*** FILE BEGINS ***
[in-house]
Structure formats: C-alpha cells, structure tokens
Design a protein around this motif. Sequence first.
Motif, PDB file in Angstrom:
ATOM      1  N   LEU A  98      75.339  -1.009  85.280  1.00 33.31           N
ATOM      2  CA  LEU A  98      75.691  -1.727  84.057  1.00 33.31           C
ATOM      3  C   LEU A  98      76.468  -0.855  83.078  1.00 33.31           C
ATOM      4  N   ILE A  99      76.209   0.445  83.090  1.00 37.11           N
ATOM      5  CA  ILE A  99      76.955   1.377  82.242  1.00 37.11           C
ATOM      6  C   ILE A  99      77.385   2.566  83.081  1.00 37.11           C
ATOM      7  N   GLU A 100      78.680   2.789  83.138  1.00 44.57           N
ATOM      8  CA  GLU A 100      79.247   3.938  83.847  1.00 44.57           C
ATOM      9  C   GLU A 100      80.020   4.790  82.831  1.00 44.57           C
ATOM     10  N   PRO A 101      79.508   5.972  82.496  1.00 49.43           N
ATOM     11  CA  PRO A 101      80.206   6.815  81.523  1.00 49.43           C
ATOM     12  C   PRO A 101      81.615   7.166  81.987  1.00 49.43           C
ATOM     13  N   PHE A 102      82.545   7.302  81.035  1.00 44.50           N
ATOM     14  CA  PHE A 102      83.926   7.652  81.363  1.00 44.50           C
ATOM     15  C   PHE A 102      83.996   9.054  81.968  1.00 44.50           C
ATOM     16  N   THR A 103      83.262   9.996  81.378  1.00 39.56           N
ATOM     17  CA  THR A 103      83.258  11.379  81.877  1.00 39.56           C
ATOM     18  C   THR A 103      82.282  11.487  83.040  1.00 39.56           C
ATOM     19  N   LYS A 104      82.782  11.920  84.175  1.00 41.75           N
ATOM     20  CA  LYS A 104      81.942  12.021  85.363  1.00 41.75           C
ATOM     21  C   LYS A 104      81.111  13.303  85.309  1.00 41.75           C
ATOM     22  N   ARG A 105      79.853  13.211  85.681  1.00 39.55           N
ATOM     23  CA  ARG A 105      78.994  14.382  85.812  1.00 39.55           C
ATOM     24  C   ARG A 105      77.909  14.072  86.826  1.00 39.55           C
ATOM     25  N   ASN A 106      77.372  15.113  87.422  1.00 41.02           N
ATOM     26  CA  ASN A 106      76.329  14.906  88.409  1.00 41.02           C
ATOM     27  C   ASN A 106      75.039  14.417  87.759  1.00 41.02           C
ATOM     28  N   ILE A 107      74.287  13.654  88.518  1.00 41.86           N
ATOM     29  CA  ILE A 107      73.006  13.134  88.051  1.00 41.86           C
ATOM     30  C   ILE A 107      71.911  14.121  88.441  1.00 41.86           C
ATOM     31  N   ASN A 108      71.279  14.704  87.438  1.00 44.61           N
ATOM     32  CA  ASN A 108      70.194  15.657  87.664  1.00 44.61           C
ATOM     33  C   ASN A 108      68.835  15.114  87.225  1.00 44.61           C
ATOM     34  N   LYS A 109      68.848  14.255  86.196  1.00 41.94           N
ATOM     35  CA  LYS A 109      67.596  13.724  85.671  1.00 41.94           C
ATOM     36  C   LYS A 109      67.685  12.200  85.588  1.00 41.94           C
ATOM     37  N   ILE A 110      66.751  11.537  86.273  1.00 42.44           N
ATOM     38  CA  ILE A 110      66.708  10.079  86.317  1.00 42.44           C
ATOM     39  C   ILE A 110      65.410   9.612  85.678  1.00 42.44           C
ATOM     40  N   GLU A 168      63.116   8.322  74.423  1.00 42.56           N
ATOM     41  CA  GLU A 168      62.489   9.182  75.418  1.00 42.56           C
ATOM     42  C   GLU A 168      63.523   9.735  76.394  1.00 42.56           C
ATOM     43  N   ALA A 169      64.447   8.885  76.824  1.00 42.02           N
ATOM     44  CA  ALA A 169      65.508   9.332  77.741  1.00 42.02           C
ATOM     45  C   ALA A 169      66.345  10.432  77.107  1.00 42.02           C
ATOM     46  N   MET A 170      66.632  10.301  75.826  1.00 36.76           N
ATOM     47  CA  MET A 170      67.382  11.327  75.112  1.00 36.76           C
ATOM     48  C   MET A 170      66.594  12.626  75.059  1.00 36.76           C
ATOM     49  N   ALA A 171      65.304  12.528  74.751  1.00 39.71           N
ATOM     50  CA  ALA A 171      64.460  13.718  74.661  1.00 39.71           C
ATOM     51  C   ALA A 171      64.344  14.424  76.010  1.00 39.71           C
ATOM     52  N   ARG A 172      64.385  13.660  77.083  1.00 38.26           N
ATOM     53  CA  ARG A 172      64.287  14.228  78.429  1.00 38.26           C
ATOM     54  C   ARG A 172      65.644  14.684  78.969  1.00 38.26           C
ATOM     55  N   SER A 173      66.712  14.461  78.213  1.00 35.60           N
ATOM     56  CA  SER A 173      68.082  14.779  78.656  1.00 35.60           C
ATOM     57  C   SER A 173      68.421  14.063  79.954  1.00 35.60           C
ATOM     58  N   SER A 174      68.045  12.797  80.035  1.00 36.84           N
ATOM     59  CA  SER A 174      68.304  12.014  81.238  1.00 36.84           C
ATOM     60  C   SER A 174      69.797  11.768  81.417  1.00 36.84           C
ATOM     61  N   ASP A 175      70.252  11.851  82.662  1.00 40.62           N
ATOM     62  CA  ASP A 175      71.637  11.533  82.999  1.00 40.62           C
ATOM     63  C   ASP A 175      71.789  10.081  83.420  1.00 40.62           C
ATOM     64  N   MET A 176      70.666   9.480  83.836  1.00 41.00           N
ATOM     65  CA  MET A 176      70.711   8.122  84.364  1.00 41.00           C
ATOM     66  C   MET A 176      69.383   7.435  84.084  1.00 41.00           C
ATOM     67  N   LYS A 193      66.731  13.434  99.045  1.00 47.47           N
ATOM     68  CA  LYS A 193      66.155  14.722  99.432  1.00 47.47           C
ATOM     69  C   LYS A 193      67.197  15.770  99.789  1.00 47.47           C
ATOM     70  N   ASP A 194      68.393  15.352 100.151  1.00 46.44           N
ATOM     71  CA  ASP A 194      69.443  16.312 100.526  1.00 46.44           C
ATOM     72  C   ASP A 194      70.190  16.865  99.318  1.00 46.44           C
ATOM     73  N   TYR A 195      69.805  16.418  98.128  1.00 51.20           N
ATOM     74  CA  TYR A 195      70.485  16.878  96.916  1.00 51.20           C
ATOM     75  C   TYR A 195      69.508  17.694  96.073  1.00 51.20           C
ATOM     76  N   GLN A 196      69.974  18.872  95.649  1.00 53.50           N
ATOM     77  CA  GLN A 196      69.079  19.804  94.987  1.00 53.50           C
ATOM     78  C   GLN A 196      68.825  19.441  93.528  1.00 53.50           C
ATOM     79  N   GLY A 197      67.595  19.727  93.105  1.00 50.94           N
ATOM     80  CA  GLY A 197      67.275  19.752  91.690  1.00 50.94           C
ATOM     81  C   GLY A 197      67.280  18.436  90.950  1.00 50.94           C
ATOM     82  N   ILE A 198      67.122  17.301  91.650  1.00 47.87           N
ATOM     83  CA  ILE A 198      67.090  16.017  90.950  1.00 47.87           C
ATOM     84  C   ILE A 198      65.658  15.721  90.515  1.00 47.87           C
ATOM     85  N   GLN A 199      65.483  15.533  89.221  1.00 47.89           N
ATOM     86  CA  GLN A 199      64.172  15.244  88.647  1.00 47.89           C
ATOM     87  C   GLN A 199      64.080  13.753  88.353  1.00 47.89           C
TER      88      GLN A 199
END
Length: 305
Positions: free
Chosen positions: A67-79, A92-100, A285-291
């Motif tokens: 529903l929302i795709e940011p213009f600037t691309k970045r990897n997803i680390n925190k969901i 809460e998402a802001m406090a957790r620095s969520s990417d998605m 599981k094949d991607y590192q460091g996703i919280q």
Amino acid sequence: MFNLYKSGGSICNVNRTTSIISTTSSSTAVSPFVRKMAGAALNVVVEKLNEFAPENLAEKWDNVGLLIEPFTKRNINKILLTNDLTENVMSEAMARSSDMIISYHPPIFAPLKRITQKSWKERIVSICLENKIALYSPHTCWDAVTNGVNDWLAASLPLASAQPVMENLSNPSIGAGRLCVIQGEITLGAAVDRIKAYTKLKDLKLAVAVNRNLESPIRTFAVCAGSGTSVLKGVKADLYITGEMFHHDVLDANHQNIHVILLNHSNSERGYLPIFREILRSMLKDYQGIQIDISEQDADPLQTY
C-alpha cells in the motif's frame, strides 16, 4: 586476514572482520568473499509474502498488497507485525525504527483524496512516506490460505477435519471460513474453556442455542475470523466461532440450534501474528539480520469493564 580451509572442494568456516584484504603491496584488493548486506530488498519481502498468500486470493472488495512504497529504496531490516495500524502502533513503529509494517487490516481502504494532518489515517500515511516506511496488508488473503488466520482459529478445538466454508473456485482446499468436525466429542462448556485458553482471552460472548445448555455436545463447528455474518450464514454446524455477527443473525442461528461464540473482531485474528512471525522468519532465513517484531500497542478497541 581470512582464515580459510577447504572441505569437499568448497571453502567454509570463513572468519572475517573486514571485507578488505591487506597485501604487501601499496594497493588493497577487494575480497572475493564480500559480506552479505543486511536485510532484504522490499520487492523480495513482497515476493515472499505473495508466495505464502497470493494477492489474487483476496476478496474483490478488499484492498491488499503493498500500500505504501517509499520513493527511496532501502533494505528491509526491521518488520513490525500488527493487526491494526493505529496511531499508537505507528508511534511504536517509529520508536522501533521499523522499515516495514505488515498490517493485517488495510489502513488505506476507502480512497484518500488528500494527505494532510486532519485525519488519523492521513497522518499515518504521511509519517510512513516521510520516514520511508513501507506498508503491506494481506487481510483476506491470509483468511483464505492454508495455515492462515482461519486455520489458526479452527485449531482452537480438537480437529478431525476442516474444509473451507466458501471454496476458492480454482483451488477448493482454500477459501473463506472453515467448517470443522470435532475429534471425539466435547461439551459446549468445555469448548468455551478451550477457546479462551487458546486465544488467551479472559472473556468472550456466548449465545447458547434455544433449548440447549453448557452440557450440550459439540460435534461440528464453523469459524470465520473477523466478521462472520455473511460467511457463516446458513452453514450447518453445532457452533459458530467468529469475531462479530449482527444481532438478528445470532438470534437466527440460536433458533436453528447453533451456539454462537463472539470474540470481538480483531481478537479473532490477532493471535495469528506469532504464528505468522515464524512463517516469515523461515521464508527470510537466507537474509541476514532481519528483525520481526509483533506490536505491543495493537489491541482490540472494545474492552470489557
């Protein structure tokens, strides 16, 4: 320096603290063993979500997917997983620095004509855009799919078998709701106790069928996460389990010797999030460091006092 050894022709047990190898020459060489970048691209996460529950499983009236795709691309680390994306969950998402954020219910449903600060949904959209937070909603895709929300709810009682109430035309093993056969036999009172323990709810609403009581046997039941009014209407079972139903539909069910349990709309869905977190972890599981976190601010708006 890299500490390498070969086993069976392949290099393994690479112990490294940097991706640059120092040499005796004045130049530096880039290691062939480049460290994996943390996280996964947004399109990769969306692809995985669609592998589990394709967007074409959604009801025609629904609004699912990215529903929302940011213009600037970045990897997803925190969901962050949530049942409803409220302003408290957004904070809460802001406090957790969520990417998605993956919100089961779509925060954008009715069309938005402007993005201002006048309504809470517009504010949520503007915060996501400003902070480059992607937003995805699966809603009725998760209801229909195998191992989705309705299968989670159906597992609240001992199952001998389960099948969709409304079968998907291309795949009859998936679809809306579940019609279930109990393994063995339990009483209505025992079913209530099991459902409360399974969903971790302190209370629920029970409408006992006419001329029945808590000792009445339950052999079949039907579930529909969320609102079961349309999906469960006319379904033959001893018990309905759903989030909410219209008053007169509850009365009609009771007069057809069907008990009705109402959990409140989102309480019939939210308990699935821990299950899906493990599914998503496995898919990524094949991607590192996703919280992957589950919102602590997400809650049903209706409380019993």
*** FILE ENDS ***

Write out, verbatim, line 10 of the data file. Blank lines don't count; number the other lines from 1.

ATOM      6  C   ILE A  99      77.385   2.566  83.081  1.00 37.11           C